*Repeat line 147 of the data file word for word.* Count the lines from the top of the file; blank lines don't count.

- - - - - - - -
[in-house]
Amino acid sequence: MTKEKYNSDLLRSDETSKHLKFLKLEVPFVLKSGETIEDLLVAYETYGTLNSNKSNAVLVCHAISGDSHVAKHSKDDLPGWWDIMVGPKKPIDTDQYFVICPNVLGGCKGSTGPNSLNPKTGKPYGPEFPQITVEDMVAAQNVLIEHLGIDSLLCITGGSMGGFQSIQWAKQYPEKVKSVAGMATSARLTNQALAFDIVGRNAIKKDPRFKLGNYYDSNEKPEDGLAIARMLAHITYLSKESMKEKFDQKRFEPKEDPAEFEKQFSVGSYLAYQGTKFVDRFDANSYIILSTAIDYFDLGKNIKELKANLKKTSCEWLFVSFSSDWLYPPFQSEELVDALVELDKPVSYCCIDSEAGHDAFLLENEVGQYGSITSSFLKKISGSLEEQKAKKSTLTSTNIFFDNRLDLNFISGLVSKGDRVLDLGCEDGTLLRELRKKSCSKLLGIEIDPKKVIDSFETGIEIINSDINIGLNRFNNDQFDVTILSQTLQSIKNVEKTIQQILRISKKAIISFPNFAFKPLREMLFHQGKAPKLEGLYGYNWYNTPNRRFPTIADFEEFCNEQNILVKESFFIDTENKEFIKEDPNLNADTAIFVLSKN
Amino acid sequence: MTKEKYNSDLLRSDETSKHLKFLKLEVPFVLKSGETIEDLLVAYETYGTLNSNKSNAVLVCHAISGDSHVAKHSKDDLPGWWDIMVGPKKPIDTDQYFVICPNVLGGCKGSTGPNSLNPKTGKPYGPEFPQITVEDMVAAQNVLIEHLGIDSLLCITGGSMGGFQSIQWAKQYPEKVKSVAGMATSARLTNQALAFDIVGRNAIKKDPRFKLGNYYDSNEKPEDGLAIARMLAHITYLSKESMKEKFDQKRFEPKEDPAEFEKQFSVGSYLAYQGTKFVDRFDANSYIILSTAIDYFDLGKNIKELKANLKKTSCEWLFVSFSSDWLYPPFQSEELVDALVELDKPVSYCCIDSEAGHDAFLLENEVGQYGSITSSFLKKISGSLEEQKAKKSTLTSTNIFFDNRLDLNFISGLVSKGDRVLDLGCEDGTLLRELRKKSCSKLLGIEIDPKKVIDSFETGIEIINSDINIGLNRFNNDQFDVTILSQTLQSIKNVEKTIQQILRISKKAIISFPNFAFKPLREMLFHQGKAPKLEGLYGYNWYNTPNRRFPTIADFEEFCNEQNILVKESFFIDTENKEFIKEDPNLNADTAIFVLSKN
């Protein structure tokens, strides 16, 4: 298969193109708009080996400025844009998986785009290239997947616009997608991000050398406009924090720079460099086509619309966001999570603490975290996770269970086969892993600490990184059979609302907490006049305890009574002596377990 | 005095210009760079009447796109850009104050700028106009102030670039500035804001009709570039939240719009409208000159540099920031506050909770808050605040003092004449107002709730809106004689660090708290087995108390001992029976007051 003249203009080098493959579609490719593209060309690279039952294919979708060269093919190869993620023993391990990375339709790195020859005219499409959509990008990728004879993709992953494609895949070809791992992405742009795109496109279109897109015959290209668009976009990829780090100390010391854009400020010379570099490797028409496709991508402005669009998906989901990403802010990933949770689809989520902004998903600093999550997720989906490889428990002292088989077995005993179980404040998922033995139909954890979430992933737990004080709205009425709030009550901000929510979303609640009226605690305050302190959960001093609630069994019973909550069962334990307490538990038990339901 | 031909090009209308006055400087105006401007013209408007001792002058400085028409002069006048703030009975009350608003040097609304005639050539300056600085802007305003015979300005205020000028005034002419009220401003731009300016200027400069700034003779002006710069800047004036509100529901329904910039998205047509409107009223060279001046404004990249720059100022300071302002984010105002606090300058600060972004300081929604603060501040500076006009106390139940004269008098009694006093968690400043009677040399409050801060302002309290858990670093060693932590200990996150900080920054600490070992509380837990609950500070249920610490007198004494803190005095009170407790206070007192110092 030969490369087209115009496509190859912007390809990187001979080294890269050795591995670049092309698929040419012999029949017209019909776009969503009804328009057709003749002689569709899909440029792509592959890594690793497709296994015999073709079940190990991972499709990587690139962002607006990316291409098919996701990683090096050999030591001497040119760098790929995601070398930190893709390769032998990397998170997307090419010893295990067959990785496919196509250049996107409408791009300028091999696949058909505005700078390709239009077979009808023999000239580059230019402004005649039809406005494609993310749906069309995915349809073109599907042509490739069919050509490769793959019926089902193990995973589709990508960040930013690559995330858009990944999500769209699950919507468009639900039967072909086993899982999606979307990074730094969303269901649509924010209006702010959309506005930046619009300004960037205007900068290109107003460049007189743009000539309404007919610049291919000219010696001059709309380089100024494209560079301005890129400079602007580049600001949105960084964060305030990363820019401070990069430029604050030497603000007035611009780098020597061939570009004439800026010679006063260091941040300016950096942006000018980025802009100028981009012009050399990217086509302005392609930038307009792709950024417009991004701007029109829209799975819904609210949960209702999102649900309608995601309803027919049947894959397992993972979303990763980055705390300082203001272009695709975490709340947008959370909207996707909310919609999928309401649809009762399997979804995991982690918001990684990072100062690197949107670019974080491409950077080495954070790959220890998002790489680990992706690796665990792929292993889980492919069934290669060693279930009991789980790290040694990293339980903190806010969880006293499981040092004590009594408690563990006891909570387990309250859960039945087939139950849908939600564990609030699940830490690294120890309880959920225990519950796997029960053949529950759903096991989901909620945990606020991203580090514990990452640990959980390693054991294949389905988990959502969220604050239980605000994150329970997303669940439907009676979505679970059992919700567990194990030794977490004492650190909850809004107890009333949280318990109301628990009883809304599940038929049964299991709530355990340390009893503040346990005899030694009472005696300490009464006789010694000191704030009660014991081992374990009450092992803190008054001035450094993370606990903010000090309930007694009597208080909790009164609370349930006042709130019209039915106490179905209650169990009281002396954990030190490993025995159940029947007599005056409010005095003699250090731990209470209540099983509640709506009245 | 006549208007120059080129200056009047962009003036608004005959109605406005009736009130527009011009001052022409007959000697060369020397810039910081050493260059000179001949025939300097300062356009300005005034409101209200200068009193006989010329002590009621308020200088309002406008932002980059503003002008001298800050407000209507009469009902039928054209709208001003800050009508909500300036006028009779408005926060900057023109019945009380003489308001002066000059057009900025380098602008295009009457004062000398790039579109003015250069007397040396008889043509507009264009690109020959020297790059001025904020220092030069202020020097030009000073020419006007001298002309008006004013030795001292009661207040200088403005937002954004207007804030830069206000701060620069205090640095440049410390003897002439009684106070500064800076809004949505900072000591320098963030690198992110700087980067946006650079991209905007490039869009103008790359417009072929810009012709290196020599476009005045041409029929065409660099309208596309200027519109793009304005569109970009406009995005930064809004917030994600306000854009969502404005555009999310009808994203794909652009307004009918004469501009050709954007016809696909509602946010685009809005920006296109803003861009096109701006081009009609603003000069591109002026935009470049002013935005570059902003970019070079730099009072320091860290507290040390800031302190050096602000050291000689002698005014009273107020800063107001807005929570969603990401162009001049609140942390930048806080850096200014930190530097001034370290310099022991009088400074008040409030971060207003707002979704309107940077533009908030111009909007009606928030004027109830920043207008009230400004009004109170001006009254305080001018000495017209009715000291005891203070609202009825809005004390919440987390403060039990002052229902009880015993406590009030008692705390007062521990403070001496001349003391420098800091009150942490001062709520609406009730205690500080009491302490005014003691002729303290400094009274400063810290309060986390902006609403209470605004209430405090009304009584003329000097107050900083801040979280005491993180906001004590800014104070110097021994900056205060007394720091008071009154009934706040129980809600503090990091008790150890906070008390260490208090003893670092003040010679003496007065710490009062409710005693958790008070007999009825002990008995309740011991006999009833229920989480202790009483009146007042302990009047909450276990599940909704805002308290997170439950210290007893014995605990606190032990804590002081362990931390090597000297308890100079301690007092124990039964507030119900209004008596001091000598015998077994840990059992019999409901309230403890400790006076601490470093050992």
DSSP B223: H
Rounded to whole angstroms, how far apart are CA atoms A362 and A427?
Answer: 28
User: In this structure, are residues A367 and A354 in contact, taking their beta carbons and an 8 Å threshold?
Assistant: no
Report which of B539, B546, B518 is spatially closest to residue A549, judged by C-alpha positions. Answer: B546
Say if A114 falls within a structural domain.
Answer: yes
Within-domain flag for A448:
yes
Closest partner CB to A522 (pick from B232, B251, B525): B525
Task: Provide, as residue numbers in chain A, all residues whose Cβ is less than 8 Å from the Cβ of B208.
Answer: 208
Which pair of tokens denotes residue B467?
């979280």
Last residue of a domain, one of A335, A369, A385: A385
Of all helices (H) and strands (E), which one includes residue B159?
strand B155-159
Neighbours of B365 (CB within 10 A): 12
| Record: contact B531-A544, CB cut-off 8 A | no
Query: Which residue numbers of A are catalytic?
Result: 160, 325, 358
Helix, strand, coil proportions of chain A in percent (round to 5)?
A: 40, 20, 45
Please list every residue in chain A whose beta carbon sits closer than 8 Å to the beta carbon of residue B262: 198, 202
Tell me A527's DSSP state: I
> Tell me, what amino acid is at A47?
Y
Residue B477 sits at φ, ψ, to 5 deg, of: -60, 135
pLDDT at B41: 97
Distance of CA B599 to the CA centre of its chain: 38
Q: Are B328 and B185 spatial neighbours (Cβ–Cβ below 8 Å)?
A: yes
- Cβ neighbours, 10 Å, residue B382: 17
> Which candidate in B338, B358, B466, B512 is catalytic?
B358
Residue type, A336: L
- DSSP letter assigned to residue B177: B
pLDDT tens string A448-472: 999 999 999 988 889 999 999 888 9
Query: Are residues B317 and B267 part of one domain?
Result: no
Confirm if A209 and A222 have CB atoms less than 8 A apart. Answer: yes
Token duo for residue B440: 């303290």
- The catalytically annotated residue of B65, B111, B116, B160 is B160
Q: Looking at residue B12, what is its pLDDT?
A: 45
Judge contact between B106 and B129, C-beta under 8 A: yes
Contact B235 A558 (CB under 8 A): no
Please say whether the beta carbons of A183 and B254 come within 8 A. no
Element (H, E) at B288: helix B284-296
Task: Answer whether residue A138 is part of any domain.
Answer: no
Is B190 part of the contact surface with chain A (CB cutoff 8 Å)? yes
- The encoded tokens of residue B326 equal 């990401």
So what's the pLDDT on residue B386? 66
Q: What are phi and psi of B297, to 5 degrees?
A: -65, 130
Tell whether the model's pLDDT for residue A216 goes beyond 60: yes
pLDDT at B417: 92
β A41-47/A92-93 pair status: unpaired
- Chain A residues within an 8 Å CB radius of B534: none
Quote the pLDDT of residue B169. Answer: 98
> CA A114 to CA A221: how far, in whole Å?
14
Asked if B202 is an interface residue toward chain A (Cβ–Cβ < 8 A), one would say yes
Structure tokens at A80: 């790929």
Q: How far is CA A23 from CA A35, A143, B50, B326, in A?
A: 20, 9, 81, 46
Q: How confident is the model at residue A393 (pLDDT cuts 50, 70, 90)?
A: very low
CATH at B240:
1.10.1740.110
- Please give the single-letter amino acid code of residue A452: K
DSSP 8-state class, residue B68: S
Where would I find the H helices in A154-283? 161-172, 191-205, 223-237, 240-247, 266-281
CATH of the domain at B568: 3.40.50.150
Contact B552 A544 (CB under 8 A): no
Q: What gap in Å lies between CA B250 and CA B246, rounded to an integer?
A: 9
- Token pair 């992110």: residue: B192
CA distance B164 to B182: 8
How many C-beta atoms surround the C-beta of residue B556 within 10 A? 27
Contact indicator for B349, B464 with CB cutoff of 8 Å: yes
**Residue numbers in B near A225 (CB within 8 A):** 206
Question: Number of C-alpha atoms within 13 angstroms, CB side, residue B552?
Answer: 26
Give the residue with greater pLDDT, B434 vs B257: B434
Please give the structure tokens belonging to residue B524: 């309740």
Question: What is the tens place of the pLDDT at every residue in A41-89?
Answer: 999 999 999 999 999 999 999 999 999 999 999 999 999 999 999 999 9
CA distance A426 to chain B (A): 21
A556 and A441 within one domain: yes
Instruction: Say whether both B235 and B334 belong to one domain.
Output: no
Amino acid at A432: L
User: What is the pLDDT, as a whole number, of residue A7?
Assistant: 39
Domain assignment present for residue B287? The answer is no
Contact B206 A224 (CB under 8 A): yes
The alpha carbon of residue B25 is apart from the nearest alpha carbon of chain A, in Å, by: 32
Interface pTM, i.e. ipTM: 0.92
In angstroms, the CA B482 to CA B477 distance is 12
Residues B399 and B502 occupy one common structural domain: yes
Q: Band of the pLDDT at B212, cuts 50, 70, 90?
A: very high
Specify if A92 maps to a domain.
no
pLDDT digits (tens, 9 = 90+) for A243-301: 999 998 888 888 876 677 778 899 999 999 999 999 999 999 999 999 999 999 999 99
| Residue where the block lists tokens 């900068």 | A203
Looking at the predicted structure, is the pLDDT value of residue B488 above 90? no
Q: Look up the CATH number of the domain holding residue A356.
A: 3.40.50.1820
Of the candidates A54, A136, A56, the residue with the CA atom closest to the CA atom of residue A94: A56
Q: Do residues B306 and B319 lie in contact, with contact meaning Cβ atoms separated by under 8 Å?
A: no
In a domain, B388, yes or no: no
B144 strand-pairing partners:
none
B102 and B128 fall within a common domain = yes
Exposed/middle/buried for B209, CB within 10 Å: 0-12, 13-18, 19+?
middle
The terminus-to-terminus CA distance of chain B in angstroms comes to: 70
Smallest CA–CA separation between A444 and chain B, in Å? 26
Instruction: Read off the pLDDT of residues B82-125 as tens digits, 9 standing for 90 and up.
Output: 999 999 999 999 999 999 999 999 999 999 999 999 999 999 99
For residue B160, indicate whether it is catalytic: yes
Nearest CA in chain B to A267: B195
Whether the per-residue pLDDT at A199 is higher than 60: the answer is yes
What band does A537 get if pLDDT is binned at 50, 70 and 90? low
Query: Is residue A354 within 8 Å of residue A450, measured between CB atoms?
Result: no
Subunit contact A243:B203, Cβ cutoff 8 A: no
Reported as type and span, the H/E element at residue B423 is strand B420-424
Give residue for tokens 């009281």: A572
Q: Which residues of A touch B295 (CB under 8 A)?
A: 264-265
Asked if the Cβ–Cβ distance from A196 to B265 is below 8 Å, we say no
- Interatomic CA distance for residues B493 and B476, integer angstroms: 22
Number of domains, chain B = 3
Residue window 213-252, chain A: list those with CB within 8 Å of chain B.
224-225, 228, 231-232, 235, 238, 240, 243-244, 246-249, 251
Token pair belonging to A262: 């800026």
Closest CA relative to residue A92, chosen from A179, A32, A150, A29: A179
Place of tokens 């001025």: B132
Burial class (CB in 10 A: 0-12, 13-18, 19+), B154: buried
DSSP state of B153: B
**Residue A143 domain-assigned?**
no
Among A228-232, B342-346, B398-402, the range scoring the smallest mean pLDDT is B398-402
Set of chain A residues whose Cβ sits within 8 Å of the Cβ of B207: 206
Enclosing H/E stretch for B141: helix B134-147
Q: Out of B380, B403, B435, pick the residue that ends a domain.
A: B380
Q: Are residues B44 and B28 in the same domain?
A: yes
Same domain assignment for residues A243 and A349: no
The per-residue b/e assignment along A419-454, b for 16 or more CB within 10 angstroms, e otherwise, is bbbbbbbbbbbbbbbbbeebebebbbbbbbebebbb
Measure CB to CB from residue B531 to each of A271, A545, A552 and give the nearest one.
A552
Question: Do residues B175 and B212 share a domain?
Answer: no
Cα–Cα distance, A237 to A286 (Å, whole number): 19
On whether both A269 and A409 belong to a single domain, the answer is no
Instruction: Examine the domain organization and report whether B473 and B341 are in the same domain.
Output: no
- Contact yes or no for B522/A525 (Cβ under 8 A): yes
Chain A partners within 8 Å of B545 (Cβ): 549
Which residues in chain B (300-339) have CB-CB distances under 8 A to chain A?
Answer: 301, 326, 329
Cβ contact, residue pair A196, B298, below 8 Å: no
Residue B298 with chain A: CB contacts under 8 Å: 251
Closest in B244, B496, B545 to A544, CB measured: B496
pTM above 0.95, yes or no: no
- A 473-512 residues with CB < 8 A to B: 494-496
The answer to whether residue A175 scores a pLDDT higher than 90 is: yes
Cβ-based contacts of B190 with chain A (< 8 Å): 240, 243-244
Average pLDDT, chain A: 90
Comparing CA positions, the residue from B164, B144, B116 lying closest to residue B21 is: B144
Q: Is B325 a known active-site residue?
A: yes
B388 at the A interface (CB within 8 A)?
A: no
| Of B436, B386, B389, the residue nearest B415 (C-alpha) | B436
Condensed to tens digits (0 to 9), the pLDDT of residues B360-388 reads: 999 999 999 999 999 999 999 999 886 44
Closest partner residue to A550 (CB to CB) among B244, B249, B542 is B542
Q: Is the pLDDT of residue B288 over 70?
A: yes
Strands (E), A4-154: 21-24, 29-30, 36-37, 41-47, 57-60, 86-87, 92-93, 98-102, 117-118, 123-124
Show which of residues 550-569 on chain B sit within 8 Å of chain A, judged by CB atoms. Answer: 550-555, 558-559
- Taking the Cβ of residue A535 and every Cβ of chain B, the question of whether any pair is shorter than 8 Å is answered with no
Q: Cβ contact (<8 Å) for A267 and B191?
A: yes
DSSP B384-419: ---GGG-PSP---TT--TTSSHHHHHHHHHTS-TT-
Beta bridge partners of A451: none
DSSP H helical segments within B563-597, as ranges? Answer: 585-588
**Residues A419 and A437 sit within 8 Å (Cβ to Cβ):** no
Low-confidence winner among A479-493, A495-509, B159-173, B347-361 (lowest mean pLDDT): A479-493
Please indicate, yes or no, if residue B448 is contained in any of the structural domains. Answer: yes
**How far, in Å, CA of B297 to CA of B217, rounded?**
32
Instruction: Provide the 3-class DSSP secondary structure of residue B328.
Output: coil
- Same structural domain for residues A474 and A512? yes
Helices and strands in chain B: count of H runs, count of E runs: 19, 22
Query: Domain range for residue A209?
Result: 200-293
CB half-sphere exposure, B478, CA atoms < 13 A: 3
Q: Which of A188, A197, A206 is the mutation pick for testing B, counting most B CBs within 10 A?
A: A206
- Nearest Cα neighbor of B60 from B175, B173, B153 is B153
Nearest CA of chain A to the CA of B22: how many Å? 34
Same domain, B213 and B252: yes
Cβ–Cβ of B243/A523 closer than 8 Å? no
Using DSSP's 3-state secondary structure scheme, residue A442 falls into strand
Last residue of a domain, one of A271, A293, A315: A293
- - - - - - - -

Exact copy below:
Closest CA relative to residue A92, chosen from A179, A32, A150, A29: A179